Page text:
To maintain a proper temperature inside the chassis, PCs have fans. They draw cool air into the room and expel hot air. On a stationary PC, the ventilation grilles are placed at the back. A tower on the floor sucks in a lot of dust. And it's even worse if you have furry pets. Not to mention the cigarette smoke that settles everywhere, including on the air grills and fan blades. Also, regularly clear your machine of dust that can accumulate on the vents or clump on the components. To do this, use a compressed-air canister . You can also clean your computer manually with a small brush that you can gently wipe over the dirty parts: simple and effective, especially if you open your computer;
Whether it's a desktop PC or a laptop, your computer needs air. So you should never block the air vents. For a fixed PC, be sure not to place it too close to the wall. For a laptop, check the location of the vents on the chassis. They can be placed underneath, on the sides or at the back of the case. Make sure that they are always free and that you do not place the computer on a blanket, a plaid or any other soft surface that could block the fresh air supply. Similarly, if the air intake is located under the chassis, don't hesitate to raise the computer to improve the flow of fresh air.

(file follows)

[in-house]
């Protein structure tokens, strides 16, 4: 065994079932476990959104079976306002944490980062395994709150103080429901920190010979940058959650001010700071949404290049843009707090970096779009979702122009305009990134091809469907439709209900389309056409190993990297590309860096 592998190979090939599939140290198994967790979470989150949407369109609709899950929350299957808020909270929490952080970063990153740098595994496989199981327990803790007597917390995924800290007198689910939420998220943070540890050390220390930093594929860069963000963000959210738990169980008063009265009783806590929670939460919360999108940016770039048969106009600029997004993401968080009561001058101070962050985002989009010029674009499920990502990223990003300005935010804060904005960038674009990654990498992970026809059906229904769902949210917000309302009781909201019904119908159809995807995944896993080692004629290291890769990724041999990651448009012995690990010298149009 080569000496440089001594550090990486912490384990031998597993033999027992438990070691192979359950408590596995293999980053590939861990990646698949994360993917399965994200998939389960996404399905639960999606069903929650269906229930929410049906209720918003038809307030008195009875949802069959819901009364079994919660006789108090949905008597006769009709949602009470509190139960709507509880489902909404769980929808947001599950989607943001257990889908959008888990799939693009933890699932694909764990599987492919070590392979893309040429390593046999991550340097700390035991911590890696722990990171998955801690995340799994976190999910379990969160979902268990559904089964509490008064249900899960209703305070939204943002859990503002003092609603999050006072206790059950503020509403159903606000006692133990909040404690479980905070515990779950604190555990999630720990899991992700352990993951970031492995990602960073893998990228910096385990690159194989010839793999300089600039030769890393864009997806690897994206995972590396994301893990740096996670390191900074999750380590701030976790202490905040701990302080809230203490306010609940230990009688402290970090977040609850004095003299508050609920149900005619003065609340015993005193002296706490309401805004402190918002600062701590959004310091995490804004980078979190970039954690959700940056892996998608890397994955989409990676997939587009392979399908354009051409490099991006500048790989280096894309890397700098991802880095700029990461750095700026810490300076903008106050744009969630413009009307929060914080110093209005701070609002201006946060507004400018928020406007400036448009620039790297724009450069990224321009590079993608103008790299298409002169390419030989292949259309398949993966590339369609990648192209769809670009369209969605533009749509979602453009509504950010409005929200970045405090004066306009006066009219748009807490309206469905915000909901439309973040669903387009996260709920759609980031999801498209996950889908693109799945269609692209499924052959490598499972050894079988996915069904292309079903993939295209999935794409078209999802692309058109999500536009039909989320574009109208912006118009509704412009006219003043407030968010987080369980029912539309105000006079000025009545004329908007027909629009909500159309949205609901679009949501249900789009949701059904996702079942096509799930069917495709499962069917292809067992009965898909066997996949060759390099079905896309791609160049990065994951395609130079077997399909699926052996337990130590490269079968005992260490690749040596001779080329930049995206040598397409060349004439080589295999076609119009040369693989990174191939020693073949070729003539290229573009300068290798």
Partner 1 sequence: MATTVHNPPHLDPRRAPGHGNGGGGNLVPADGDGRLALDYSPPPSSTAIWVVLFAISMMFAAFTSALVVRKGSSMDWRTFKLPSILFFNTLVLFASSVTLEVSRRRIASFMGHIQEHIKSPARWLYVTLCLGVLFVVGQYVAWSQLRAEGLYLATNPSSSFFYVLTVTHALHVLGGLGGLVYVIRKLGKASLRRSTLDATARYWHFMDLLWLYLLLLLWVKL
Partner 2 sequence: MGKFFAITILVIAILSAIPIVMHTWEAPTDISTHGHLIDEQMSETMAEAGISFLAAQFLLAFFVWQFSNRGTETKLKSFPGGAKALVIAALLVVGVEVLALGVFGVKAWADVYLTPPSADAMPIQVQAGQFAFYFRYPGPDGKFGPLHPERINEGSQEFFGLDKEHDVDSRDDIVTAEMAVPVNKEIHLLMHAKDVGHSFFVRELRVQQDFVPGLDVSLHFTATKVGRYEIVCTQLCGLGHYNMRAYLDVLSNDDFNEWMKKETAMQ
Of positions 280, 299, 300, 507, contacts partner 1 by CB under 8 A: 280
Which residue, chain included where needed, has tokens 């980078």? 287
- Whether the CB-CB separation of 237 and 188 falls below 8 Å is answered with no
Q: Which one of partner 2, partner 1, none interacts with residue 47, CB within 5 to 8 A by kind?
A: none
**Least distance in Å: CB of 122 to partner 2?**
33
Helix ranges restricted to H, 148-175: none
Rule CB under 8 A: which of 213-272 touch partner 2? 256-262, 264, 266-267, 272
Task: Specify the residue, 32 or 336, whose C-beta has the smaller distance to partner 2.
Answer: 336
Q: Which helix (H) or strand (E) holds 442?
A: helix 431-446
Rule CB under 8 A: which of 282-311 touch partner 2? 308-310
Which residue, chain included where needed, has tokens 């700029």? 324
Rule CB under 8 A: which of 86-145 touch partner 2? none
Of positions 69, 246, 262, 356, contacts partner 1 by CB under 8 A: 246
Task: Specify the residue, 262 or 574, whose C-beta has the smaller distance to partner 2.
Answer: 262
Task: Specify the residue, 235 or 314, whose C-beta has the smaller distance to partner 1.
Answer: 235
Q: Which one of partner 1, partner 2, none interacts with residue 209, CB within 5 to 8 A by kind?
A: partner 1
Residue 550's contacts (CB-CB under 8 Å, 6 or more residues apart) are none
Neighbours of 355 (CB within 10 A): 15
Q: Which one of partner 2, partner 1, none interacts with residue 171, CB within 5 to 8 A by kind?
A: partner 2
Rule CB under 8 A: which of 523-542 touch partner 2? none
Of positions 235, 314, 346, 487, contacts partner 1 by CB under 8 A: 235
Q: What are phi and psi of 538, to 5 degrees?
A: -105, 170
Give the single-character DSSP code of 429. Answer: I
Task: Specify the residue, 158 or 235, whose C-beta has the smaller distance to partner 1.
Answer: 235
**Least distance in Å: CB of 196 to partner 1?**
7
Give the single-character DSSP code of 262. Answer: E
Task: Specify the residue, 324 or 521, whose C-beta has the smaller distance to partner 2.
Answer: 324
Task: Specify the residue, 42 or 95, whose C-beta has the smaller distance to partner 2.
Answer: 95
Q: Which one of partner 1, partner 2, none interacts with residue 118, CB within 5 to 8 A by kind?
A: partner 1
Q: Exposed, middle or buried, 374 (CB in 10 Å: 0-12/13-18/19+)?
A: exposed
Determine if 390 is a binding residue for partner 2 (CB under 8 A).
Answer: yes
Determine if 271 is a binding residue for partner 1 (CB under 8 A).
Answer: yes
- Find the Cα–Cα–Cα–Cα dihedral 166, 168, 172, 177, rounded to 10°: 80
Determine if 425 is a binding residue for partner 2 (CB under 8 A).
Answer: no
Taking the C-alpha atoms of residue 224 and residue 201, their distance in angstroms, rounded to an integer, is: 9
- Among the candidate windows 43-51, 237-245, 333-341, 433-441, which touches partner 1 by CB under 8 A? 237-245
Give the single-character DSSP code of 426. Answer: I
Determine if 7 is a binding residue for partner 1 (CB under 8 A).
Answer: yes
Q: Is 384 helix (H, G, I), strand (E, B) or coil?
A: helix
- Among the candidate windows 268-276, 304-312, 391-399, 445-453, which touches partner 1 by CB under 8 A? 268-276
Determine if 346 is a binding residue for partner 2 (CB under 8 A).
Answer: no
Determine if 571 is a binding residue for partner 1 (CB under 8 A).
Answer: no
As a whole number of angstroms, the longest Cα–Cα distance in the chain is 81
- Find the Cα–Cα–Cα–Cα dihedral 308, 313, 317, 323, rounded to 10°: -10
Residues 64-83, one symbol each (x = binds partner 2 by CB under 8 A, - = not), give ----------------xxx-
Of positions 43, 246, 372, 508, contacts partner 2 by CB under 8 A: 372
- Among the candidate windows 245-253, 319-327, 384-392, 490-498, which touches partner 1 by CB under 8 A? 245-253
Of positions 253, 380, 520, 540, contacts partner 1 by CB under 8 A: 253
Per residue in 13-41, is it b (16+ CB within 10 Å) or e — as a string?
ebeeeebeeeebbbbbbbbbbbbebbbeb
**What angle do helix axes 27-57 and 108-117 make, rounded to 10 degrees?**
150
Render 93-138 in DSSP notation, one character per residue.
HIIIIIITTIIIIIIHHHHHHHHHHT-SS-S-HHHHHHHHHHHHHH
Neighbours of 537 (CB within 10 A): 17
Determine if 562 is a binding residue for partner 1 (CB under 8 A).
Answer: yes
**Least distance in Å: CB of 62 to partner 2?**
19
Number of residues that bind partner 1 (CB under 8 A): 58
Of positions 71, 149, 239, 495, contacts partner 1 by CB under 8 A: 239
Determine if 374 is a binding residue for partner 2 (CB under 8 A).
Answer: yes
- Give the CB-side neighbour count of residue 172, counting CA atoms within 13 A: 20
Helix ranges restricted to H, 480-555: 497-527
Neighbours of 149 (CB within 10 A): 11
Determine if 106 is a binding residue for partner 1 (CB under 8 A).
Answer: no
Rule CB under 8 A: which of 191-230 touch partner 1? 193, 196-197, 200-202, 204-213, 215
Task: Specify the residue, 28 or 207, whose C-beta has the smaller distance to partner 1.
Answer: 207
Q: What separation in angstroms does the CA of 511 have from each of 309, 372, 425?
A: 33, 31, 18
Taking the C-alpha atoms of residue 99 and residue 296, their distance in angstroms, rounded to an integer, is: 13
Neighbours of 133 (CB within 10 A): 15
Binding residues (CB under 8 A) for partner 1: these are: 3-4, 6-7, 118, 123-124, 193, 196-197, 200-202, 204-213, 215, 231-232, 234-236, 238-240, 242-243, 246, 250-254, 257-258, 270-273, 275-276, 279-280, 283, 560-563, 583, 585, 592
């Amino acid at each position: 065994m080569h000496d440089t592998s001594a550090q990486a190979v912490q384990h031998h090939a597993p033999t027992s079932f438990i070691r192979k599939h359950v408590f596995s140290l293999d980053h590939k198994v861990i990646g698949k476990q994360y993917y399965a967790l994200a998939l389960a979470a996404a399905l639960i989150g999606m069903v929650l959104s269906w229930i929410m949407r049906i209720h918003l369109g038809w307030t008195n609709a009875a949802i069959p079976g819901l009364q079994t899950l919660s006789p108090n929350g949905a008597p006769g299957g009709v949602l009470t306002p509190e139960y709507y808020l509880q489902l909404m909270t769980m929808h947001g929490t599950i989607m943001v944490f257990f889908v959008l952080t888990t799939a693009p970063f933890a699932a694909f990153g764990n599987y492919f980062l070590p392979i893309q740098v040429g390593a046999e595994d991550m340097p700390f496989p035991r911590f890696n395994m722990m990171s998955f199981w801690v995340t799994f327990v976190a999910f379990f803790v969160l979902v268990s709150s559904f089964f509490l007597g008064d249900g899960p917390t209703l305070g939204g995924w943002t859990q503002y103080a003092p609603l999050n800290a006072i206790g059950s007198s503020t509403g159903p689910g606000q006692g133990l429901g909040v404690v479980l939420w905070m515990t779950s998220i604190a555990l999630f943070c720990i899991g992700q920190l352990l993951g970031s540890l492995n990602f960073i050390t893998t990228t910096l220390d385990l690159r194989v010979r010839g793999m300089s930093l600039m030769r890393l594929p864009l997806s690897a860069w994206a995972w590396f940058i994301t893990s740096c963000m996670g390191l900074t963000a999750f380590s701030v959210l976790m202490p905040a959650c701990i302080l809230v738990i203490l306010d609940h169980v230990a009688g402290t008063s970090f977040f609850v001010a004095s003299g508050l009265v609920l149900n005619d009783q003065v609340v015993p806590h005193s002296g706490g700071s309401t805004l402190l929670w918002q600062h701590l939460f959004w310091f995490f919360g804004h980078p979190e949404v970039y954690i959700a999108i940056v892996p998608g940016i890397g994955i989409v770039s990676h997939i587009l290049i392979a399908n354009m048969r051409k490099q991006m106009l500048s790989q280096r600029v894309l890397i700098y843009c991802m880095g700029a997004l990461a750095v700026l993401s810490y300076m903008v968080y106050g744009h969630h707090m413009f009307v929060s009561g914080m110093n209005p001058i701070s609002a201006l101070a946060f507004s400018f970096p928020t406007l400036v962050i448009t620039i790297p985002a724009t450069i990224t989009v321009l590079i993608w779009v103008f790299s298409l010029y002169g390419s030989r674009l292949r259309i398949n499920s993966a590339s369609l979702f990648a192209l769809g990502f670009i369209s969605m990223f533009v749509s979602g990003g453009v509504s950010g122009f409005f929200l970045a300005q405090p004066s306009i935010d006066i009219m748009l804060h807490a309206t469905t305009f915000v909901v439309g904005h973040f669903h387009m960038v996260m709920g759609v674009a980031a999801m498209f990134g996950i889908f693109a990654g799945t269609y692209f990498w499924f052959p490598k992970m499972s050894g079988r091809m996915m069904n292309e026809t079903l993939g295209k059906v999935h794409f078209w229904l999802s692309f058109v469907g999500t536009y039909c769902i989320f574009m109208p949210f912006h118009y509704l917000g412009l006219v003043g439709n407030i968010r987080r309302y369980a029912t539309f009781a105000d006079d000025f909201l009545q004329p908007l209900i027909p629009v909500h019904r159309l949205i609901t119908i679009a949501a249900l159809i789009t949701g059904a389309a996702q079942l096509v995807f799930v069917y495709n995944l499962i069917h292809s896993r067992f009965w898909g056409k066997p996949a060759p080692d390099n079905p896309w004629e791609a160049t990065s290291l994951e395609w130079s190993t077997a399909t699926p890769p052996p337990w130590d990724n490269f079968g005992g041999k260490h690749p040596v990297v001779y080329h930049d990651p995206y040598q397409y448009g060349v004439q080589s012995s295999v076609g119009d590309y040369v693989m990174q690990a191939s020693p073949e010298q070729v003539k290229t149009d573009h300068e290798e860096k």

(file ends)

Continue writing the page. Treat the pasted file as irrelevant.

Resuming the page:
If nothing is blocking your computer's air vents and the fans are constantly spinning at a furious pace while no power-hungry applications are running, you may be a victim of cryptojacking. Hackers have infected your machine with a virus. The computing power of your PC is made available to them to generate virtual currency. A tool like Malwarebytes (free for 14 days) should detect such intruders.